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It’s Stinky. It’s Spiny. It’s Like Manna From Heaven … For Some Of Us

April 29, 2022   Return


Hello, folks!

It’s your friendly neighbour- hood durian fanatic. You may recall from the Note from the Team in the August issue that there was a picture of yours truly in a truck filled with durian.

I recall in my (much) younger days, when my father used to bring back a car boot full of durians every week when the fruit was in season. We’d have durian for breakfast, dinner and lunch. It is always a good time for durian. In my family, there’s not a single soul who would say no to durian. Unfortunately, this fruit happens to be quite divisive. You’ll have people at both ends of the spec- trum—people who love (we need a stronger word than this) and those who abhor it (like some colleagues, who can’t even tolerate a whiff of this fruit from heaven). Of course, there are others who can tolerate the smell but will not eat it. Whichever one you are, there’s no harm in learning more about the amazing fruit.


The scientific name for the regular durian is Durio zibethinus. As one can guess, the genus gets its name from the Malay word for thorn—duri. The entire genus Durio has about 30 members but only nine produce edible fruits.1 The other species are usually sold as wild durian or forest durian. Some of the more well-known ones are Durio oxleyanus (the dalit and sukang of Borneo which also exist in Peninsular Malaysia), Durio lowianus (durian daun), Durio testudinarum (durian kura-kura), Durio grandiflorus (durian hantu) and Durio kutejensis (lukak).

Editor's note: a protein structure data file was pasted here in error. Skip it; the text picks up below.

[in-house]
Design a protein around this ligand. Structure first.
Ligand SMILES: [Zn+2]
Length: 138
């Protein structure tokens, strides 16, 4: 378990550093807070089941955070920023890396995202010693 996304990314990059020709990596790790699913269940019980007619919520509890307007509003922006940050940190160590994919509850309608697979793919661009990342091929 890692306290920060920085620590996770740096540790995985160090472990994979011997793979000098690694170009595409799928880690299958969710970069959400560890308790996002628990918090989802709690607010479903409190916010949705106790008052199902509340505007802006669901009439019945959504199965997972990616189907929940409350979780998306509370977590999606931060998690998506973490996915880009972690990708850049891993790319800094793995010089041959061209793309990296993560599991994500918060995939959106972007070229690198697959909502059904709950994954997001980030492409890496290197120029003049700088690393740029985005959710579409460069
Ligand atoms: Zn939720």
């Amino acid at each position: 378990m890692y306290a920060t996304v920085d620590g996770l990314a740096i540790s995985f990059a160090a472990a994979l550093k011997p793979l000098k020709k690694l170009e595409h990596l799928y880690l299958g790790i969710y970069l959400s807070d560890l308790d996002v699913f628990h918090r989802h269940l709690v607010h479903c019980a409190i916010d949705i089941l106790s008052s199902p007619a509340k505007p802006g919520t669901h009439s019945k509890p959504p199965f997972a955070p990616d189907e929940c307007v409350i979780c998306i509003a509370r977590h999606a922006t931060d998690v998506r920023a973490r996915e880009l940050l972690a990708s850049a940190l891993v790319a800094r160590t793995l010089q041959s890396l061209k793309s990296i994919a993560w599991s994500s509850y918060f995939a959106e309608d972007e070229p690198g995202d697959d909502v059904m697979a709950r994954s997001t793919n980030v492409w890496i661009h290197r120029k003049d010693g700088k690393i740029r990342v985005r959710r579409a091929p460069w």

The genus is thought to have originated from Borneo (Sabah, Sarawak, Brunei, and Kalimantan).2 Cultivation and domestication of the plant is assumed to have begun in Southeast Asia, and is currently spread throughout most regions with tropical or sub-tropical weather. With domestication and cultivation came the selection and refinement of cultivars. In the 1990s, countries in Southeast Asia like Malaysia and Thailand started to document their varieties. Malaysia now has over 200 varieties of durian but only a few are widely grown.

We probably know durian is a nutrient-dense fruit. The US Department of Agriculture (USDA) registers durian’s calorie content at 147 kcal (kilocalorie) per 100 g.3 In comparison, pineapple only has 61 kcal while apples have 54 kcal per 100 g. Among fruits, durian has a decent amount of fats at 5.33 g per 100 g of fruit. The fats found in durian are considered good fats as they are monounsaturated healthy fats. Additionally, durian does not contain any cholesterol. Whatever rumours you’ve heard about durian being high in cholesterol is just the figment of someone’s imagination.4